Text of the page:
By 1968 his main gig was working in Civil Engineering in Rio de Janeiro. He still managed to perform and participate as a composer at many of Brazils famous Festivals of Music. In 1969 Verocai began his professional career as musician and arranger. He scored the music for the theater show Is The Greater, and wrote his first arrangements for orchestra. He arranged records by Jorge Benjor, Elizeth Cardoso, Gal Costa, Quarteto em Cy, MPB 4, Célia, Guilherme Lamounier, Marcos Valle, and others. His music also appeared in the musical The Life of Braguinha, alongside Elizeth Cardoso, Quarteto em Cy, MPB4 and Sidney Magal. By 1970 he was writing for other groups and regularly composing music for multiple TV shows and incidental music for TV series.
Photos from the 1972 recording sessions, by Fernando Bergamaschi.
Introducing: Johnny! Ghanaian Afro-Rock from German producer/composer JJ Whitefield and an international cast of top shelf musicians.
Limited edition of 1000. Not to be repressed. Comes with download card for wav files. Die-cut dress jacket and resealable “Japanese-style” sleeve.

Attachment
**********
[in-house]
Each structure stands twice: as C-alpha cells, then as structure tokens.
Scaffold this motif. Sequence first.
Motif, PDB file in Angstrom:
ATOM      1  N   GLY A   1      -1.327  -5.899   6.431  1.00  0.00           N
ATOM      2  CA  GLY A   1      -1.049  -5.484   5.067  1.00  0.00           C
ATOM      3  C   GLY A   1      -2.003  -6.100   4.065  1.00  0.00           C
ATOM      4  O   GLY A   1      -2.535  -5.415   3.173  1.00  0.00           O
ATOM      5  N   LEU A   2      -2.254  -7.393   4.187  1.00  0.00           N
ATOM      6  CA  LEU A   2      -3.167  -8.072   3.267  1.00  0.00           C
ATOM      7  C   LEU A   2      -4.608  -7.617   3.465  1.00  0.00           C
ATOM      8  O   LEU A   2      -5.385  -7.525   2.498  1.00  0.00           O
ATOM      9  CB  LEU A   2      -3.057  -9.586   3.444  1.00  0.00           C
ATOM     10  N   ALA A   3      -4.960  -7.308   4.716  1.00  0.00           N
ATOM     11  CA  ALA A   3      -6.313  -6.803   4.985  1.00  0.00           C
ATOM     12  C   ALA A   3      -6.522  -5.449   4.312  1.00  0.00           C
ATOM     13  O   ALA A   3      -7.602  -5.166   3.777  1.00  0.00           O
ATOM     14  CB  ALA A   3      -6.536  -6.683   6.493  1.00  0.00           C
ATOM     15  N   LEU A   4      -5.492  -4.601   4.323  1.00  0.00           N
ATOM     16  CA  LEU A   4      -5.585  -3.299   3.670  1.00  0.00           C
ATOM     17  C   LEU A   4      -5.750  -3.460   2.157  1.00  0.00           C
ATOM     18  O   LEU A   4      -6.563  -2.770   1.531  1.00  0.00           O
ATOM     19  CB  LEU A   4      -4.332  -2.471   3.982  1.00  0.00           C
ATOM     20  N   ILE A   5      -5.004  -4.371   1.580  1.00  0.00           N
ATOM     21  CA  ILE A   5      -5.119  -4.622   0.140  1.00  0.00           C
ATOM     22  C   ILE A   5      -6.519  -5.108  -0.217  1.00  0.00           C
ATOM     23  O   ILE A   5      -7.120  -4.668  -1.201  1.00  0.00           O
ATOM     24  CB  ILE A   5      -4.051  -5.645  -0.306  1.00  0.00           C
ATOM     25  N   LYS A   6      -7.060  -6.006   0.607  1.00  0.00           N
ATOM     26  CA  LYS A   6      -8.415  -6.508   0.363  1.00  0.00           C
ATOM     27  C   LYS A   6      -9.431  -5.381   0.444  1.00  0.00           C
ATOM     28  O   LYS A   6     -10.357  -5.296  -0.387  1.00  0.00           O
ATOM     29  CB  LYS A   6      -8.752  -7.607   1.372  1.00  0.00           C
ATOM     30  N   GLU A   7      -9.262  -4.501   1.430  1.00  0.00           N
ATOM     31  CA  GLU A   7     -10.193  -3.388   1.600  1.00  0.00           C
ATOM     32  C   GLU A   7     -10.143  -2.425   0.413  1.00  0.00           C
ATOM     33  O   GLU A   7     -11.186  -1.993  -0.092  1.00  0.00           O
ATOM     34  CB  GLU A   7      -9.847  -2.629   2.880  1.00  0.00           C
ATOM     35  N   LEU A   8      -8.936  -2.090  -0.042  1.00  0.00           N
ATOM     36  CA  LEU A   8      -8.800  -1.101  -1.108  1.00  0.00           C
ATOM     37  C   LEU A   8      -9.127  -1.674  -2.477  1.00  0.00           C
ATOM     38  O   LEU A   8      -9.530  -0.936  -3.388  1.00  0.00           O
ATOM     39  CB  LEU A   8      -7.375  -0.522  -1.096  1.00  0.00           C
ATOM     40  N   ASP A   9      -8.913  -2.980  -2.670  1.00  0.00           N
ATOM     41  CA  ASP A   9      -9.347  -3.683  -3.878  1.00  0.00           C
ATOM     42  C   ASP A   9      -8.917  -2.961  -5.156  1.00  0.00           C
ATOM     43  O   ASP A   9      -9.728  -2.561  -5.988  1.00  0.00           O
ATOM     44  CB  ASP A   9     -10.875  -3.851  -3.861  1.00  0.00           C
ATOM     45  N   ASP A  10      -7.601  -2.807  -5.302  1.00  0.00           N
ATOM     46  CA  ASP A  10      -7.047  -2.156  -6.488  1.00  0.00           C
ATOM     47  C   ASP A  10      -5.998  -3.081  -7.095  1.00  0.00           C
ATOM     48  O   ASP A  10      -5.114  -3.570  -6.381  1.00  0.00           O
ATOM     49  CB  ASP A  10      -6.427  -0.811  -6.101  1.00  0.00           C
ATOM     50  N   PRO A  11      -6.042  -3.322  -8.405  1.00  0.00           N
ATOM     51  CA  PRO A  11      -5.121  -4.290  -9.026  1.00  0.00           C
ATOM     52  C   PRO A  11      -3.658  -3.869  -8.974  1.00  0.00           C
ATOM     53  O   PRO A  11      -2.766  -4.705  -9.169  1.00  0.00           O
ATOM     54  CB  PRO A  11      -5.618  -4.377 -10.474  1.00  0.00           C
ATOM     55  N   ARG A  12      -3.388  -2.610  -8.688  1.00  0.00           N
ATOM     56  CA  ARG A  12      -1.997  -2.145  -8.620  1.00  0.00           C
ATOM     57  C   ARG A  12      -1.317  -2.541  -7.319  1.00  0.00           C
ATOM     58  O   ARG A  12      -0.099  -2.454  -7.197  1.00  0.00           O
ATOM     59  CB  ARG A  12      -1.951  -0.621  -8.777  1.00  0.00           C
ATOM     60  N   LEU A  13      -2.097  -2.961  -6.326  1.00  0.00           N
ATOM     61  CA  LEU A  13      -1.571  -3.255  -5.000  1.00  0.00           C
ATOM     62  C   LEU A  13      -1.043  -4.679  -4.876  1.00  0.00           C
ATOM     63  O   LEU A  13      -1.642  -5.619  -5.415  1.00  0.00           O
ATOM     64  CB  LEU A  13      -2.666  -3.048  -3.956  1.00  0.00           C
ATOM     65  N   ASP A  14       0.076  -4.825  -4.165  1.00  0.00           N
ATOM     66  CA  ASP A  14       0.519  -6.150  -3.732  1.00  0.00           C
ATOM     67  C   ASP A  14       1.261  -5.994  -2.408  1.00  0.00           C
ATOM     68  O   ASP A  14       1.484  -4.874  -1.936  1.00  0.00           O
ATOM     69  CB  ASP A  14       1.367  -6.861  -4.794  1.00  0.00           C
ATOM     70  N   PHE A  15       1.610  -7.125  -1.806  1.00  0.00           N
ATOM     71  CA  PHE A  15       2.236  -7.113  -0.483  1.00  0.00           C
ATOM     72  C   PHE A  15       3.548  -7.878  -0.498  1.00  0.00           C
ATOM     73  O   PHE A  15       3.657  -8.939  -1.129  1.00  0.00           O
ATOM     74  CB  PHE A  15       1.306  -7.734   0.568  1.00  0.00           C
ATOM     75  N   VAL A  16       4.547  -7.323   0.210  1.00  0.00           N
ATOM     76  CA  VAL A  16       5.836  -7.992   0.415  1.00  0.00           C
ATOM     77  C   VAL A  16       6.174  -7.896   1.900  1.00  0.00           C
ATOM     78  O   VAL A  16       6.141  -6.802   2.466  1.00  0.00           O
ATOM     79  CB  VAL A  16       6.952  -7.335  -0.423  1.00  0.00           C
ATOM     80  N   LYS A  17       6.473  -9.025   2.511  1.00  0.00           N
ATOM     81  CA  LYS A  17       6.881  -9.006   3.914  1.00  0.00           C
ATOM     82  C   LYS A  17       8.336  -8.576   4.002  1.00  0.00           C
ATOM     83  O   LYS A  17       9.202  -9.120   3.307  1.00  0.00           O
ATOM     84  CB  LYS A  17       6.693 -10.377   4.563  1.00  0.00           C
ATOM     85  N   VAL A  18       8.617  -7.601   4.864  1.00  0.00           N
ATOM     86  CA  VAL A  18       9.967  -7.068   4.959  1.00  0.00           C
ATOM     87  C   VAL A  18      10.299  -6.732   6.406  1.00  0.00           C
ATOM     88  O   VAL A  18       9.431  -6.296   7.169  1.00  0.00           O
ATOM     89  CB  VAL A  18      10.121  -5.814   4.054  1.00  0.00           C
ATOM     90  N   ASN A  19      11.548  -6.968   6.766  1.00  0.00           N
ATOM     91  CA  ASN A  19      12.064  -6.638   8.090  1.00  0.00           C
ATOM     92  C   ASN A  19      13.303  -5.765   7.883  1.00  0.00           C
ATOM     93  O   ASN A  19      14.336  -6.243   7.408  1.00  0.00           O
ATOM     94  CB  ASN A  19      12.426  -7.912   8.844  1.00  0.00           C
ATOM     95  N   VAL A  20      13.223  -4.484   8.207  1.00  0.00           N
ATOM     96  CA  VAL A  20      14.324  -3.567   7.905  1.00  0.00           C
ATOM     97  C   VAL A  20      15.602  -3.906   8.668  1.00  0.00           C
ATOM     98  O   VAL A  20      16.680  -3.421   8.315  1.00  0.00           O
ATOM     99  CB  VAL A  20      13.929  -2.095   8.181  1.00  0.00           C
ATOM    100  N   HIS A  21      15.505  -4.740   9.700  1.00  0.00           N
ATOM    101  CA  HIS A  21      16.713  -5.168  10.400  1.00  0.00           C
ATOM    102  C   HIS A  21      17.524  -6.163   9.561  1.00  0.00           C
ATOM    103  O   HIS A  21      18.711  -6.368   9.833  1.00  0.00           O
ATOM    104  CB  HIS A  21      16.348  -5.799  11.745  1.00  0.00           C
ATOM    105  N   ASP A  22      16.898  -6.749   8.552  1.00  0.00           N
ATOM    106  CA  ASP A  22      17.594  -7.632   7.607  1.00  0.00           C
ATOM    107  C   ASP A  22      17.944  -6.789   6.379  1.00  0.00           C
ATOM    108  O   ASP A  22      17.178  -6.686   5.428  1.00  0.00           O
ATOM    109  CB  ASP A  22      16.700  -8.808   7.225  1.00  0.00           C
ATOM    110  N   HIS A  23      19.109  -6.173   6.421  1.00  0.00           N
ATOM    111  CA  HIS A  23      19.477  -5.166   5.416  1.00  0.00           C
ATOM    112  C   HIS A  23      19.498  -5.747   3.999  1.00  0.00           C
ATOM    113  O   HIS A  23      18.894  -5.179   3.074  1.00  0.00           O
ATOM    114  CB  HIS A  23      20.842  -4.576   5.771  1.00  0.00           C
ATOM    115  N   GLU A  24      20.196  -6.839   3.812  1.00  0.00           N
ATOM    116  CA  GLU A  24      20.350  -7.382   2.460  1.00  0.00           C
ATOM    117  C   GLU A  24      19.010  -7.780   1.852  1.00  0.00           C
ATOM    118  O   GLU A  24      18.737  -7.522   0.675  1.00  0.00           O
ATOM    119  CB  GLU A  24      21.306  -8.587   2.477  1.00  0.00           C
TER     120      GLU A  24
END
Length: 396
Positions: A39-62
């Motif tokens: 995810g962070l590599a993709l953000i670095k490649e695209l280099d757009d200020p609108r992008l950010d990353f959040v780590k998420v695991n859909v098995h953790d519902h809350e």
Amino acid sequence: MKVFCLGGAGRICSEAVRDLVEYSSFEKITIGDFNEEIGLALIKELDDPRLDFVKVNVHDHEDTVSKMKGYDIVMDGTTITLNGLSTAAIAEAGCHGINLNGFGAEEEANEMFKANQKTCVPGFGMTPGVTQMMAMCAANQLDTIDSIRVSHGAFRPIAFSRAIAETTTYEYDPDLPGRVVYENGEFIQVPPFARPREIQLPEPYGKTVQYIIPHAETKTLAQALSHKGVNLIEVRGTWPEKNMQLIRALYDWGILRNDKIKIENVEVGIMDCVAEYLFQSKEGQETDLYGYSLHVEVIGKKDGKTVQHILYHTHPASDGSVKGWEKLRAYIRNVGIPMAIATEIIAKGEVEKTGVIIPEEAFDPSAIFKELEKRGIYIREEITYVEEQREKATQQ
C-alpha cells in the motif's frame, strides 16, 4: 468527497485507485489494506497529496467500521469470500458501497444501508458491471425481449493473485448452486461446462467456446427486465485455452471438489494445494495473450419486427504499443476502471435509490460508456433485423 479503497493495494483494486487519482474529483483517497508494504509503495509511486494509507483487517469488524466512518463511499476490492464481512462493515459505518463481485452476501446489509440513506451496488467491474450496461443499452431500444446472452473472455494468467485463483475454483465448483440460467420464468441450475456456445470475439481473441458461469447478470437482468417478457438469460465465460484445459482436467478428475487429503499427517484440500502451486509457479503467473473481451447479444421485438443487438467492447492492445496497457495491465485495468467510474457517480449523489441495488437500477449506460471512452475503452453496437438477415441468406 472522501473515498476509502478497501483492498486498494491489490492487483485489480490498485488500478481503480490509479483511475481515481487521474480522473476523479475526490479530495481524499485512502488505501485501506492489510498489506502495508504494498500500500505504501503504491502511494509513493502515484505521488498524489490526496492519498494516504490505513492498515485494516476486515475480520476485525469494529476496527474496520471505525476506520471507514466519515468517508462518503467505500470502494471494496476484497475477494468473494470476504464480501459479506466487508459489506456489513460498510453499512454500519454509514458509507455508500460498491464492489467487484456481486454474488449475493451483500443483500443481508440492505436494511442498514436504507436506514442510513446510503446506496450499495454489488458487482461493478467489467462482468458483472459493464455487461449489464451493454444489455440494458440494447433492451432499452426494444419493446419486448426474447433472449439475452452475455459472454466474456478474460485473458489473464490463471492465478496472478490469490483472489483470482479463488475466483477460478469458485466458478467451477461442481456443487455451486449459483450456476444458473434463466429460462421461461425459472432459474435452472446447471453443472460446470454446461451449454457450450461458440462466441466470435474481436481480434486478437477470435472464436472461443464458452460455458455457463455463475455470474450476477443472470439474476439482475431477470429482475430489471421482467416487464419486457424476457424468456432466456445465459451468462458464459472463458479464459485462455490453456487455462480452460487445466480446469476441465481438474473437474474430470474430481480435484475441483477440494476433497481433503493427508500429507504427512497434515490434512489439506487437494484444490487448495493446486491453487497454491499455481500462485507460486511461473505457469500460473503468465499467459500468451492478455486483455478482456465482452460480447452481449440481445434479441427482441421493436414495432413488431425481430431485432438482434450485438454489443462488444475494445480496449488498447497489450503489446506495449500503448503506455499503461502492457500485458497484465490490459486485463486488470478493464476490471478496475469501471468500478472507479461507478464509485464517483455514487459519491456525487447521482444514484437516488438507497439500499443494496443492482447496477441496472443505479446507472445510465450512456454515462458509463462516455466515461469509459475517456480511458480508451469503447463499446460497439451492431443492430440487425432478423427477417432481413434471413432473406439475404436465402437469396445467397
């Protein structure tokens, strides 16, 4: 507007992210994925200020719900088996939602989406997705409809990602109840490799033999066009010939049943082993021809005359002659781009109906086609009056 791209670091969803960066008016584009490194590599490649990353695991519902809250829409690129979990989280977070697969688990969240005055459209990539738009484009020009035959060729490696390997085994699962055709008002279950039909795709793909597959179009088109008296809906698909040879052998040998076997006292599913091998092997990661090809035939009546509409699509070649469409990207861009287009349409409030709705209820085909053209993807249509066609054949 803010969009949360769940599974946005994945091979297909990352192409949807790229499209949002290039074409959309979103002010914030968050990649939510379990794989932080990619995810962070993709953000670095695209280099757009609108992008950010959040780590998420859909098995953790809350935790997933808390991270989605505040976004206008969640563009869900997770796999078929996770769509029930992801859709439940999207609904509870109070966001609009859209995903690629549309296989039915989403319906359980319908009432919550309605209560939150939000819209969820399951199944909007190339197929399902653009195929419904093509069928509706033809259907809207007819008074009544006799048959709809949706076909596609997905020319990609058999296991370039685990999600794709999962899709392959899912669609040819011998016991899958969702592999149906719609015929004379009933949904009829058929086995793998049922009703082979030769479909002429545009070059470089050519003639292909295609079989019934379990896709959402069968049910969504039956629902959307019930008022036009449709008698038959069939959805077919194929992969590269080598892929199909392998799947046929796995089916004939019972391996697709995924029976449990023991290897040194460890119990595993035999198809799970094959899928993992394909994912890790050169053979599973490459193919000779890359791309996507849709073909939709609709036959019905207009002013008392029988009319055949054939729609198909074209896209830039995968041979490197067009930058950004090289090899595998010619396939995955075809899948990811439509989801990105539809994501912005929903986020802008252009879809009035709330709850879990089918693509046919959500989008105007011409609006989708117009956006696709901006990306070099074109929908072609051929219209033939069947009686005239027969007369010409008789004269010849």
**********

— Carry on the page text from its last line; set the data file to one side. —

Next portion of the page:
Whitefield, who in the early ‘90s revived the gritty, analogue Funk sounds of the ‘60s and ‘70s with his Poets Of Rhythm, has been working with Now-Again Records for almost a decade, releasing a flock of acclaimed projects with Karl Hector & The Malcouns, Whitefield Brothers, Rodinia and the Original Raw Soul anthology.
He first started exploring African rhythms with the Whitefield Brothers in the late ‘90s, continuing in the ‘00s with Karl Hector & The Malcouns. He’s been instrumental in launching Ghanaian Afro Beat/Funk legend Ebo Taylor´s international career, decades after the maestro recorded the landmark albums that have inspired thousands. Whitefield recorded two new studio albums with Taylor and toured in his band between 2009 and 2013, where he met Taylor’s son Henry and percussionist/Singer Eric Owusu.